Jennifer Shulkin is an innovative Jewish business leader with a background in law, having graduated from Harvard Law School and working as an attorney in New York, including time with the Manhattan DA’s office. The Adas Israel member then took her talents to the business world in June 2021, and became the co-founder and CEO of Override Health, a virtual health service for people dealing with chronic pain, an idea sparked by her own experiences with chronic pain after two head injuries she sustained while in college at University of Pennsylvania.
What has your career path looked like since college?
I went to Harvard Law School before moving to New York to serve as a federal law clerk to Judge Korman in the Eastern District of New York. After that, I went to the Manhattan District Attorney’s Office, where I was prosecuting misdemeanors and then a big law firm in DC called Steptoe & Johnson, where I was working on white collar criminal defense cases. In 2021, I started building a health tech startup called Override Health, that is a virtual chronic pain management company.
You’ve done some writing about Jewish life. Can you tell me a little what inspired you to do that writing?
I’ve been writing since I was 14 years old. I’ve written on everything from women’s issues, to education, to sports, to Jewish issues. Because I grew up in a strong pro-Israel and Jewish household, Jewish issues have always been top of my mind for me, and I’ve written several things on them over the years, ranging from anti-Semitism in educational curriculums to our responsibility as third-generation Holocaust survivors.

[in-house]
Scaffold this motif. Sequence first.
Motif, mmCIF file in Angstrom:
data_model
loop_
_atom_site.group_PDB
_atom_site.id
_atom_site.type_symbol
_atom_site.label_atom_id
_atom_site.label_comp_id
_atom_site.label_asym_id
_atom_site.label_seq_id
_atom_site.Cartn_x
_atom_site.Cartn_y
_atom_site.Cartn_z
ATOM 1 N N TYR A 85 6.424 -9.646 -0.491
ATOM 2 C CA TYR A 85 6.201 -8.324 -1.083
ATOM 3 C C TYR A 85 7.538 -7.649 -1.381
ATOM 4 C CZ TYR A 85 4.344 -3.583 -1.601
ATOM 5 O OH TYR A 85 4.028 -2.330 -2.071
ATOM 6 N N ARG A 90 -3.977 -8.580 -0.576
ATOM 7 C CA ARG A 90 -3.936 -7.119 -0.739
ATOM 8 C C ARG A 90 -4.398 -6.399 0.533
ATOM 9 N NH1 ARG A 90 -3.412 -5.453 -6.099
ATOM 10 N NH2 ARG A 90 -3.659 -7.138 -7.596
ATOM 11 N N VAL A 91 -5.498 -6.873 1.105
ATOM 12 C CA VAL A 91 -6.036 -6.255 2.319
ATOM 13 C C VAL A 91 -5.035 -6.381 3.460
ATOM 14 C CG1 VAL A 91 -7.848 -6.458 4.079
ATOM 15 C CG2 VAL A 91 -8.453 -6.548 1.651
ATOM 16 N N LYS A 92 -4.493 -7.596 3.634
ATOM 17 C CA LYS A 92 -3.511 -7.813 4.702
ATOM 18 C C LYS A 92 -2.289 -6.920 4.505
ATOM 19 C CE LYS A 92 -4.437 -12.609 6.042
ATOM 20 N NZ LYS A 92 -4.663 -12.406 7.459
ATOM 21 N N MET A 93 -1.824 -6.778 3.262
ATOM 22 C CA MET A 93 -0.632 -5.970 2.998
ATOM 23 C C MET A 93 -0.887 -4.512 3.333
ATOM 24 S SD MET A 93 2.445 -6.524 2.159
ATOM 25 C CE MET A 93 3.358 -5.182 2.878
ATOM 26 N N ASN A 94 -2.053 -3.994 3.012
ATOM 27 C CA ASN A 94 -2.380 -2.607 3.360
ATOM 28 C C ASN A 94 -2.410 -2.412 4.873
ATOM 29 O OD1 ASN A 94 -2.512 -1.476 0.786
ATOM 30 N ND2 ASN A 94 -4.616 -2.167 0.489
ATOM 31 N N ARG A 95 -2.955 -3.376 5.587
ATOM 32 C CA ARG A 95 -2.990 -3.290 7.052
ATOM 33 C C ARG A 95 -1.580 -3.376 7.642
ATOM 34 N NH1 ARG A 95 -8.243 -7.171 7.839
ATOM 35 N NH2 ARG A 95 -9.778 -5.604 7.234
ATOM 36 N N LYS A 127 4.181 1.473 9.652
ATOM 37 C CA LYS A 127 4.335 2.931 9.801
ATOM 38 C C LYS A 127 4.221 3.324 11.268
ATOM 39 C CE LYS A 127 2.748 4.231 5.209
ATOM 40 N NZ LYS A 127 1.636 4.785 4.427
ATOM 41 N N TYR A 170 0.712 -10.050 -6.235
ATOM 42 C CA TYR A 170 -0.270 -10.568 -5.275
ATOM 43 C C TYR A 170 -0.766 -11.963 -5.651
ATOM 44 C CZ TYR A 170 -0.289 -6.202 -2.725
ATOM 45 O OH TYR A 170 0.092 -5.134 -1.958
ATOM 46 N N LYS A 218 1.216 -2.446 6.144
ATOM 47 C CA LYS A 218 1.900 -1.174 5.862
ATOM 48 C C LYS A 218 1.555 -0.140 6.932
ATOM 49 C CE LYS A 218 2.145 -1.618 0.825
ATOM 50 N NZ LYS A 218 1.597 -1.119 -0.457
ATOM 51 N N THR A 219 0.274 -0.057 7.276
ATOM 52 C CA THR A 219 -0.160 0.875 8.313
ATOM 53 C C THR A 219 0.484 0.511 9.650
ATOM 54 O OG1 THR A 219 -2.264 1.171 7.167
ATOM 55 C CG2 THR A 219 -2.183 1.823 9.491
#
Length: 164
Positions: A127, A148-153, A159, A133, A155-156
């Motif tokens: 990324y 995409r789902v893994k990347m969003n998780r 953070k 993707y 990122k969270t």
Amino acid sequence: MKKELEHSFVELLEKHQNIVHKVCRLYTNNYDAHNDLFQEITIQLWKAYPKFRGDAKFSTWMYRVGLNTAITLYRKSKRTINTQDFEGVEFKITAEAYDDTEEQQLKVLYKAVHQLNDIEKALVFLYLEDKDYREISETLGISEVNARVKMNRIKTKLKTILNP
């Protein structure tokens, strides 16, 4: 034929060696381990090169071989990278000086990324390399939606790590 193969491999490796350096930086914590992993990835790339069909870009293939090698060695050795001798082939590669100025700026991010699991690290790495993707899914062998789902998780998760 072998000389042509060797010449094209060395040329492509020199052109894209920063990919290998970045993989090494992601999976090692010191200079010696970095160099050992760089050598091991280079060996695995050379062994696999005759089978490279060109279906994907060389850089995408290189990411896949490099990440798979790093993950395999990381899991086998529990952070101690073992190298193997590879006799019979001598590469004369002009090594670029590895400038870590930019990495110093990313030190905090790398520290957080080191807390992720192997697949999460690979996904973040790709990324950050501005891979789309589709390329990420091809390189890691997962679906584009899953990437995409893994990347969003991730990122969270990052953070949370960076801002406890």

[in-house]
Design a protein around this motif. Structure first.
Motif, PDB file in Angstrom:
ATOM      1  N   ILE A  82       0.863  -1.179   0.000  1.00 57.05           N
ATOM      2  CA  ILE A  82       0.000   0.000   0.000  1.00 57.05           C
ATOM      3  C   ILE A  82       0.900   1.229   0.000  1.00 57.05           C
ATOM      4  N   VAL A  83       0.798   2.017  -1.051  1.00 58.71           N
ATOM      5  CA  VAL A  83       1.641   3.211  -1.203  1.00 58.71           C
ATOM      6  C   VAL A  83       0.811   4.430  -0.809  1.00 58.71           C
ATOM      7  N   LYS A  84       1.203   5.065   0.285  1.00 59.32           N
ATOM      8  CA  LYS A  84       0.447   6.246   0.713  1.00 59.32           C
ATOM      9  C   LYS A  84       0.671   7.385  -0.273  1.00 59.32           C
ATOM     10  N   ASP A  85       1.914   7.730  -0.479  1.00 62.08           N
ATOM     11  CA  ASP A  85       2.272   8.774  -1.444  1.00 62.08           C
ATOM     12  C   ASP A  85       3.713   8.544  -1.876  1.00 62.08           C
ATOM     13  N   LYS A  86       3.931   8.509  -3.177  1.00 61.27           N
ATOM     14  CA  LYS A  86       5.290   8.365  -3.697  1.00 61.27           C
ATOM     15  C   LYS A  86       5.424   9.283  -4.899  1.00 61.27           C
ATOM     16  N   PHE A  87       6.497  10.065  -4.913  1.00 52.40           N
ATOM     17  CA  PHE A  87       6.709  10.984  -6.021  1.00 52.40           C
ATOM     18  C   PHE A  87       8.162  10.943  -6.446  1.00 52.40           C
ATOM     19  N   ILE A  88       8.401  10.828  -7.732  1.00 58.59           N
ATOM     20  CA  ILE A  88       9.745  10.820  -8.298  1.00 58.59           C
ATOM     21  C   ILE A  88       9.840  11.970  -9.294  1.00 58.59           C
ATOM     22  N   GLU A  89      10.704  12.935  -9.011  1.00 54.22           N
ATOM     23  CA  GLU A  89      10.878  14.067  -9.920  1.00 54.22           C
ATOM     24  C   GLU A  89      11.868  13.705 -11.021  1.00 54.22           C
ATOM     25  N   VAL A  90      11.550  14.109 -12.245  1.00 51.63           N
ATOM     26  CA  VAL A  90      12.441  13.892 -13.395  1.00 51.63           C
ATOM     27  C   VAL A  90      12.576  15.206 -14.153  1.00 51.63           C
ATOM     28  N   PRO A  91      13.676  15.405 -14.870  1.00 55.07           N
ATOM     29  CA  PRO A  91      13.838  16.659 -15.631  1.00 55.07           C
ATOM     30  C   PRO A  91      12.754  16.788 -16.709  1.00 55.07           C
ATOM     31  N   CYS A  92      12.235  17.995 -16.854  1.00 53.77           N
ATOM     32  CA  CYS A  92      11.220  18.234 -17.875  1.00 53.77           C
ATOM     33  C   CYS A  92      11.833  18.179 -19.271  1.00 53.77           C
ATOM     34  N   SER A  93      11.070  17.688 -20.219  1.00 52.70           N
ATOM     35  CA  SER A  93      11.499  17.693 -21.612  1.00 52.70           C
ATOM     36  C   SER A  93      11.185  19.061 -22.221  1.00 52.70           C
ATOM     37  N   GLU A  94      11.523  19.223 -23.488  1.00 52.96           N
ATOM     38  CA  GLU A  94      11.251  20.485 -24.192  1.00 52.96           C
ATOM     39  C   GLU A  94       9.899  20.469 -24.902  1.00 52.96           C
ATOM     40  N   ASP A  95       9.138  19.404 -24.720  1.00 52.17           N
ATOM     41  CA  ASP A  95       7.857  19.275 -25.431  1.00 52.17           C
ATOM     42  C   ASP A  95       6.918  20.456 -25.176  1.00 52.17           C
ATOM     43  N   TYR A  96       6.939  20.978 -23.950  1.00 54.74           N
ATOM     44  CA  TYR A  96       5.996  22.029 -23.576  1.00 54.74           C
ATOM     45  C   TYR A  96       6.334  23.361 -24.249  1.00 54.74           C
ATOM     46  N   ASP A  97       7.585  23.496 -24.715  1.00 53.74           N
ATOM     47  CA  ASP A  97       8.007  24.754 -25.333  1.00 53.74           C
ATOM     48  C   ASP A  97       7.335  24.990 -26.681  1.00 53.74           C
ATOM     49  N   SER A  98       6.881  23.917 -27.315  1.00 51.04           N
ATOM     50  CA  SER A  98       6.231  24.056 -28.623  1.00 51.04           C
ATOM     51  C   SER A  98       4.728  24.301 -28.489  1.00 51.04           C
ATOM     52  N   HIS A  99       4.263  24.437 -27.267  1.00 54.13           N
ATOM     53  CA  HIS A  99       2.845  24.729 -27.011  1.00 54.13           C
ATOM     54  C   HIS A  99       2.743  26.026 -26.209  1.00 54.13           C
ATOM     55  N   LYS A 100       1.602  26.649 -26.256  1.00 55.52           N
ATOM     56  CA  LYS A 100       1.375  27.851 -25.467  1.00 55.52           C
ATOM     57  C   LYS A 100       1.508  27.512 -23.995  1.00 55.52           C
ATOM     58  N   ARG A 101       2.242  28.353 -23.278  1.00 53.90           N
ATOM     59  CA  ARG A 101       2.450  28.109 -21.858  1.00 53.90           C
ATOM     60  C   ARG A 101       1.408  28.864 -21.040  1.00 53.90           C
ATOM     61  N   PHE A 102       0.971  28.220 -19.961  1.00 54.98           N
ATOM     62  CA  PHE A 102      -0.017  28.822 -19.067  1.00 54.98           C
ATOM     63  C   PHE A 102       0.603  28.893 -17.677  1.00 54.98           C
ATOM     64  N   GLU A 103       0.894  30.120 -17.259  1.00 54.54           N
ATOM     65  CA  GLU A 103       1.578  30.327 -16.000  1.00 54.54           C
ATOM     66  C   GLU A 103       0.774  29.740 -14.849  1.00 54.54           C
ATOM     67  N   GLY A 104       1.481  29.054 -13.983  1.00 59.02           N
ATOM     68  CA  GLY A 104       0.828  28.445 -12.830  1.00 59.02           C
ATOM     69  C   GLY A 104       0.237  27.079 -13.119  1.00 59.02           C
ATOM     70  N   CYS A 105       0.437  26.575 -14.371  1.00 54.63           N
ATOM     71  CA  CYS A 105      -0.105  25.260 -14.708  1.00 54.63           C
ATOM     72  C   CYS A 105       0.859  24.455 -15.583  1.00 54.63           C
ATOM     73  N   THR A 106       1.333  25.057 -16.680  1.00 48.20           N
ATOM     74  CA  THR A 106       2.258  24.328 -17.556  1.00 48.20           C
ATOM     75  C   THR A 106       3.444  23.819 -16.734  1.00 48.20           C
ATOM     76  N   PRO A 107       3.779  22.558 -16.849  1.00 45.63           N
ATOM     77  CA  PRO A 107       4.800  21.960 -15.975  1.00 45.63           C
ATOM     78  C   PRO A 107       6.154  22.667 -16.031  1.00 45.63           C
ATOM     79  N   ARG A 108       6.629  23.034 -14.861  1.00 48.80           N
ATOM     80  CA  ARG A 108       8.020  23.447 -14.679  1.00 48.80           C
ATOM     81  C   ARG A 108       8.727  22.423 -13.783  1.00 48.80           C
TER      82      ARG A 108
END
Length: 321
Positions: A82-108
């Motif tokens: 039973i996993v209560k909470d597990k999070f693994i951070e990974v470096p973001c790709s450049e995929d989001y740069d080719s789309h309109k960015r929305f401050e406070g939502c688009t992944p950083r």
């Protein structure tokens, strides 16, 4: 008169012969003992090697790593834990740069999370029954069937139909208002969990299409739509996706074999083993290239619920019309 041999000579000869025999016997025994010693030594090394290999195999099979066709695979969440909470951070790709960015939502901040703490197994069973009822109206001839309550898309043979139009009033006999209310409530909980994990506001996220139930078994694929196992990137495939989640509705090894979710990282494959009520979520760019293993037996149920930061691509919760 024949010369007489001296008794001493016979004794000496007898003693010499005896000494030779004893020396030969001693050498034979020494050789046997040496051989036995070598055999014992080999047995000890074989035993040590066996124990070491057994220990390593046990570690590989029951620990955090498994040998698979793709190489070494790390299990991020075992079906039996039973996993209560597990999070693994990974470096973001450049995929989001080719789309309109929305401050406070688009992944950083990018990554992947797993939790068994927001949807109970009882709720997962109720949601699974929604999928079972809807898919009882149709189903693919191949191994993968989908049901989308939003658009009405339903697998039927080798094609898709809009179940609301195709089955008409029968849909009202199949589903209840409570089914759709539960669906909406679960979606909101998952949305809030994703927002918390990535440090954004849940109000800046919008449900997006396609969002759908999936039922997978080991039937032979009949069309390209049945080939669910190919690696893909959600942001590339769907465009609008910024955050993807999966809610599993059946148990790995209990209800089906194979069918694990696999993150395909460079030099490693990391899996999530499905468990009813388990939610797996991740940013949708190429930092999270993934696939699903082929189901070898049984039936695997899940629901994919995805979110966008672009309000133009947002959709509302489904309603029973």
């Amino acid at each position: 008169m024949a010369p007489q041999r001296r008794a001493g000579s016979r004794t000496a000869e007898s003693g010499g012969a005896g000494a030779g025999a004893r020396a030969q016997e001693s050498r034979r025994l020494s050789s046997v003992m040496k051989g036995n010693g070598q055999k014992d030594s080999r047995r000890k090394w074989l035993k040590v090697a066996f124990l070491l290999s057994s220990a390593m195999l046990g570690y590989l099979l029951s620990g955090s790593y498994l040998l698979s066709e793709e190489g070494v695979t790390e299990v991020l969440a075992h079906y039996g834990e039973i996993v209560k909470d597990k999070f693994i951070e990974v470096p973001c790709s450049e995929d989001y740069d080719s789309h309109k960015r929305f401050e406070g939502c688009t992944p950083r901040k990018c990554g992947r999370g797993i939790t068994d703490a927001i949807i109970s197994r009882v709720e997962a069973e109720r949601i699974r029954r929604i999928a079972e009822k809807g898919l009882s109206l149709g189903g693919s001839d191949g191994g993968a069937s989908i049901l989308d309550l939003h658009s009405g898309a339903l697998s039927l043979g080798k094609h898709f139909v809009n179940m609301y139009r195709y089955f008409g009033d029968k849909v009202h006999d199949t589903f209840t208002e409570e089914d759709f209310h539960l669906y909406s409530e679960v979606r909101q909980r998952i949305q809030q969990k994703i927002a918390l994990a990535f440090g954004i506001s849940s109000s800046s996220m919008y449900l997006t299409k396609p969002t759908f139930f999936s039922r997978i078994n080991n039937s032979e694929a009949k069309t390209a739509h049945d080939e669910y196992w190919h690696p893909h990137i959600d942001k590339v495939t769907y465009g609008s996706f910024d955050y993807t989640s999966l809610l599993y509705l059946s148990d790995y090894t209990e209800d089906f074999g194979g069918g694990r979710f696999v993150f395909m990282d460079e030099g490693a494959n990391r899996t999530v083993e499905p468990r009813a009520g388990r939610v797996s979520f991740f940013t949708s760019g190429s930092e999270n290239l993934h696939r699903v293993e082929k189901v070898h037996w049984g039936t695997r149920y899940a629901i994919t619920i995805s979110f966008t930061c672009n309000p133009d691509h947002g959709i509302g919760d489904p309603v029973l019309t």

What are some accomplishments from your professional career that you’re particularly proud of?
It took me a few times to get into Harvard Law School (HLS), so I am certainly proud of attending and graduating from HLS. And I’m definitely proud of the company that we’re building at Override. The company is backed by best-in-class venture capitalists in the healthcare space. We have team members all over the world and are trying to revolutionize how chronic pain is treated in the U.S.
What is the personal impact of being able to provide people with chronic pain some relief, especially given your personal experience with chronic pain?
I know from experience that accessing specialists who understand how to treat chronic pain is really difficult. So is finding comprehensive care and support. At Override Health, we put those elements together. We take the burden off the patient of locating and recruiting chronic pain specialists across different pain medicine, physical therapy, psychology, and coaching, making those providers available to patients virtually so that they can access it from the comfort of home, and then having the providers work together as a team to optimize care. This type of comprehensive support isn’t happening much outside of our company.
What are your current goals for the company’s foreseeable future?
The goal is to keep expanding, keep building, and get more patients to really validate our model. I try to take things step by step.
How has your Jewish upbringing impacted the way you go about your life?
Being Jewish has always been really important to my identity. My grandfather fled Nazi Germany and much of his family perished there. I have a mezuzah on my door, I light candles some Shabbats, I like to bake challah with my mom. I joined Adas Israel this past year. I led a Birthright trip before law school and then the Harvard Law School spring break trip to Israel. But how much time I think about my Judaism probably varies with what’s going on in the world. Since Oct. 7, and the worldwide increase in anti-Zionism and antisemitism that we are experiencing, my Jewishness has been much more top of mind. I’ve been attending protests for the release of the hostages in Gaza, posting on social media, donating and following the news closely. Now, more than ever, it’s important to be proud of being Jewish and to support the only Jewish state in the world: Israel.